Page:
Linked by the_randymon on Mon 7th Jan 2013 18:56 UTC
OSNews, Generic OSes The mostly-morubund Hurd project is well known for what it's not: the kernel at the heart of the GNU/Linux system. But there's a long and interesting story about what it could have been, too. From Linux User magazine: "The design of the Hurd was an attempt to embody the spirit and promise of the free software movement in code." Those are mighty ambitions, and this story is as much about competing visions as competing kernels. Says Thomas Bushnell: "My first choice was to take the BSD 4.4-Lite release and make a kernel. I knew the code, I knew how to do it. It is now perfectly obvious to me that this would have succeeded splendidly and the world would be a very different place today." This is a well-written and fascinating read.
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RE[2]: Re:
by ssokolow on Tue 8th Jan 2013 12:20 UTC in reply to "RE: Re:"
ssokolow
Member since:
2010-01-21

Ironically your rant about Android has hit upon the very reason why many people do called desktop distros as GNU/Linux. Because you can then have Android/Linux, GNU/Hurd and so on. It makes the distinction across the different forks easier to describe concisely.


Except that's not the distinction at all.

X11/Linux would be more accurate and, even IF you're running console apps that are more constrained by their GNU-isms than their dependency on something like X11, that's still glibc/Linux, not GNU/Linux.

"GNU/Linux" came about because Stallman draws the line between "operating system" and "extras" at the bare minimum you need to run a terminal with a Bourne-family shell and emacs... which means that X11 (which is the single biggest component by KLOCs on a "Linux" system) is an "extra" (and, therefore, it's not "X11/GNU/Linux") and it's "GNU/Linux" because "it's a GNU userland on top of the Linux Kernel."

(He ignores the fact that hybrid embedded uses are becoming very popular and they often replace all the GNU userland except glibc with busybox while retaining binary compatibility.)

In fact, the article I mentioned previously showed that, if your system doesn't have GCC installed, GNU isn't a noteworthy component of modern Linux "by volume".

Hell, My "X11/Linux" example actually IS how browser User-Agent strings do it. ("Linux; X11" on desktops; "Linux; Android" on mobiles)

If Android and DirectFB weren't around, even X11/Linux would be redundant since it's not as if there are any OTHER GUI subsystems in use on Linux that have browsers built against them. (The GUI mode of links2 can be compiled against DirectFB and the gpm console mouse daemon. It's quite useful for Googling up solutions when X11 won't start for some reason.)

Edited 2013-01-08 12:26 UTC

Reply Parent Score: 4

RE[3]: Re:
by Laurence on Tue 8th Jan 2013 13:39 in reply to "RE[2]: Re:"
Laurence Member since:
2007-03-26

Oh I know how and why GNU/Linux came about and I'm well versed on the workings of Linux. And I do fully agree with the point you're making, but sadly that's all irrelevant as it's a term GNU/Linux is now out there and recognised.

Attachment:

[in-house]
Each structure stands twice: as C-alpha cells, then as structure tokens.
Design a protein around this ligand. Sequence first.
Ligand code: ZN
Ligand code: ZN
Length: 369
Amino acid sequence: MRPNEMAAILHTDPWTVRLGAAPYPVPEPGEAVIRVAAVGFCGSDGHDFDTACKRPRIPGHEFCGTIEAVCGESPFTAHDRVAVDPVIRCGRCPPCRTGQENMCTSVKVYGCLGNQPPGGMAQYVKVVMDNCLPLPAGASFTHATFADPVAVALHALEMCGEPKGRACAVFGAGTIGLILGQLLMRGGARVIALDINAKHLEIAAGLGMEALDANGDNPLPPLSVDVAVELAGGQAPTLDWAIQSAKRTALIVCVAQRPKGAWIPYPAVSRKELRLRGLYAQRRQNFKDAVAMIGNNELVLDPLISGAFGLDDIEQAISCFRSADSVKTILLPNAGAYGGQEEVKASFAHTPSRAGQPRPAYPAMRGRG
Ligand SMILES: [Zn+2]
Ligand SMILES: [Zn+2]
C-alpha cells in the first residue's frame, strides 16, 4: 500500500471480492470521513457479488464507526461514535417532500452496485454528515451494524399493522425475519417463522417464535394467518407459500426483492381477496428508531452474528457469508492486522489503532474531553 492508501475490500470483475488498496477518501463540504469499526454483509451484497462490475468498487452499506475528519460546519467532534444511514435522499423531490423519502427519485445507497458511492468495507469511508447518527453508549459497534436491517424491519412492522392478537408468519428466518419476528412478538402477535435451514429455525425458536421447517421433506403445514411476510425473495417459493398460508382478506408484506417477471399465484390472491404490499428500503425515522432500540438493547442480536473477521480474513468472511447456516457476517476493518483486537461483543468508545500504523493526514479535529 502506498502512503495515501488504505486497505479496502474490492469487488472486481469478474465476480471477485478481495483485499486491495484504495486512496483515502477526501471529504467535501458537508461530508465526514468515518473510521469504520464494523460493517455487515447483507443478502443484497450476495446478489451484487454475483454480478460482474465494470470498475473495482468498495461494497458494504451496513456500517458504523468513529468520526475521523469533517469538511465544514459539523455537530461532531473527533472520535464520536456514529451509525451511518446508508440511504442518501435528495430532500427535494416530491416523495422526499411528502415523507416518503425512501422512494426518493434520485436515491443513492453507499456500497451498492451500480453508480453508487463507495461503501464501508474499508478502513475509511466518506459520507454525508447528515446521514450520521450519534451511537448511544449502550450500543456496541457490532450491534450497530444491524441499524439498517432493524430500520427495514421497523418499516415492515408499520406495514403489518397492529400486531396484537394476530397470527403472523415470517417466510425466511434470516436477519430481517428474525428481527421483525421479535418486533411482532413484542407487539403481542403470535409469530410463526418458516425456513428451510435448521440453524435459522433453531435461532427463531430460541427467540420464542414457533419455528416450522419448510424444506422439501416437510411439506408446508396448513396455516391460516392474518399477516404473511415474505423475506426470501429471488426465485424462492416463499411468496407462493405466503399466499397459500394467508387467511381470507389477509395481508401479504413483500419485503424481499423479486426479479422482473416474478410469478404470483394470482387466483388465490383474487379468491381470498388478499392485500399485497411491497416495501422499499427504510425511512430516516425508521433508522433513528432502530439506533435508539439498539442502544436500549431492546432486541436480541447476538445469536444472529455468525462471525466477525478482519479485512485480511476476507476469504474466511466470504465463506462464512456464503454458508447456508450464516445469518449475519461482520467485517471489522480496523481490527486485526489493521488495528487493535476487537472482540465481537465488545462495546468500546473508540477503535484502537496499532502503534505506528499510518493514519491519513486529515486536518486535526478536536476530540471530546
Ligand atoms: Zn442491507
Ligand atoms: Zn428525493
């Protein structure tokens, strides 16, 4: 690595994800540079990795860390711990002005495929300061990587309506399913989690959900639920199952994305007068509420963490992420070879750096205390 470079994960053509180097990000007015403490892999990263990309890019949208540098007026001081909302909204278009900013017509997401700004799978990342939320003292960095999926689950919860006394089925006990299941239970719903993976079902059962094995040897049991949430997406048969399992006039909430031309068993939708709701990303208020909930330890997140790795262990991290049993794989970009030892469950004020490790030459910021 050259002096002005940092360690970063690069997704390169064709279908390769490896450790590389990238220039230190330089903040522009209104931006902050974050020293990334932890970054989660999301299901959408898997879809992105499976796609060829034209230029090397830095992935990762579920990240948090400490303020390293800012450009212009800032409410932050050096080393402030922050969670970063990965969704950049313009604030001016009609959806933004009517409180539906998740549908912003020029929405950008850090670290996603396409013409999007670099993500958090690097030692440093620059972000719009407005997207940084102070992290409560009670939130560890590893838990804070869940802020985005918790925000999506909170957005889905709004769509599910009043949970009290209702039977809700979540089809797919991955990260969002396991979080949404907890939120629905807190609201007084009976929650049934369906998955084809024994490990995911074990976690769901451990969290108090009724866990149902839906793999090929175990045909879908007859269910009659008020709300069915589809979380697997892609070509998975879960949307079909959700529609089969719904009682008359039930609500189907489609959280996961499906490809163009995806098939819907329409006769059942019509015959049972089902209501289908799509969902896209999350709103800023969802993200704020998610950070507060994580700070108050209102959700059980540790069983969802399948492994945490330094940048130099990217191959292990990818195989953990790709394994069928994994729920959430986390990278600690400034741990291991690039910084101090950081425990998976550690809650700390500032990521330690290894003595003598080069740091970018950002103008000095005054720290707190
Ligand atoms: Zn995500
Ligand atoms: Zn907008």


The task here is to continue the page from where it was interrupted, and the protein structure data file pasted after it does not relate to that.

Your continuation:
It's a bit like how I think "cloud" is a dumb term, but people (nerds) understand it so it's stuck. If I was to constantly refer to Facebook as a web2.0 re-imagining of TSS then few people would understand. However most computer literate people know what a "cloud" is.

Sometimes our search for literal correctness is held back by our ability to explain concisely to a wider audience.

Edited 2013-01-08 13:49 UTC

Reply Parent Score: 3

RE[4]: Re:
by Alfman on Tue 8th Jan 2013 15:28 in reply to "RE[3]: Re:"
Alfman Member since:
2011-01-28

Laurence,

"Oh I know how and why GNU/Linux came about and I'm well versed on the workings of Linux. And I do fully agree with the point you're making, but sadly that's all irrelevant as it's a term GNU/Linux is now out there and recognised."


Meh, I benefit from both and I couldn't care less what people want to call it. It's rare that people cannot figure it out from the context. If non-gnu userspace linux kernel distros became widely popular, then there'd be a plausible case of ambiguity, but until then I don't care about pedantry.


"However most computer literate people know what a 'cloud' is."

I'm not convinced it means anything at all ;)
Seriously it's been used for SAAS, CPU Virtualization, outsourced file storage, web apps, and even for streaming music. It seems that anything running on the internet might be described as "running in the cloud". Hey folks, now you can talk to your friends in the cloud - it's called IRC. It's all marketing, IBM has been pioneering "clouds" for decades.

Reply Parent Score: 2

RE[4]: Re:
by zima on Sat 12th Jan 2013 19:17 in reply to "RE[3]: Re:"
zima Member since:
2005-07-06

It's a bit like how I think "cloud" is a dumb term, but people (nerds) understand it so it's stuck.

"Fog" can be more accurate, perhaps...

(and I would also ask about TSS, but I see it was already asked & answered)

Reply Parent Score: 2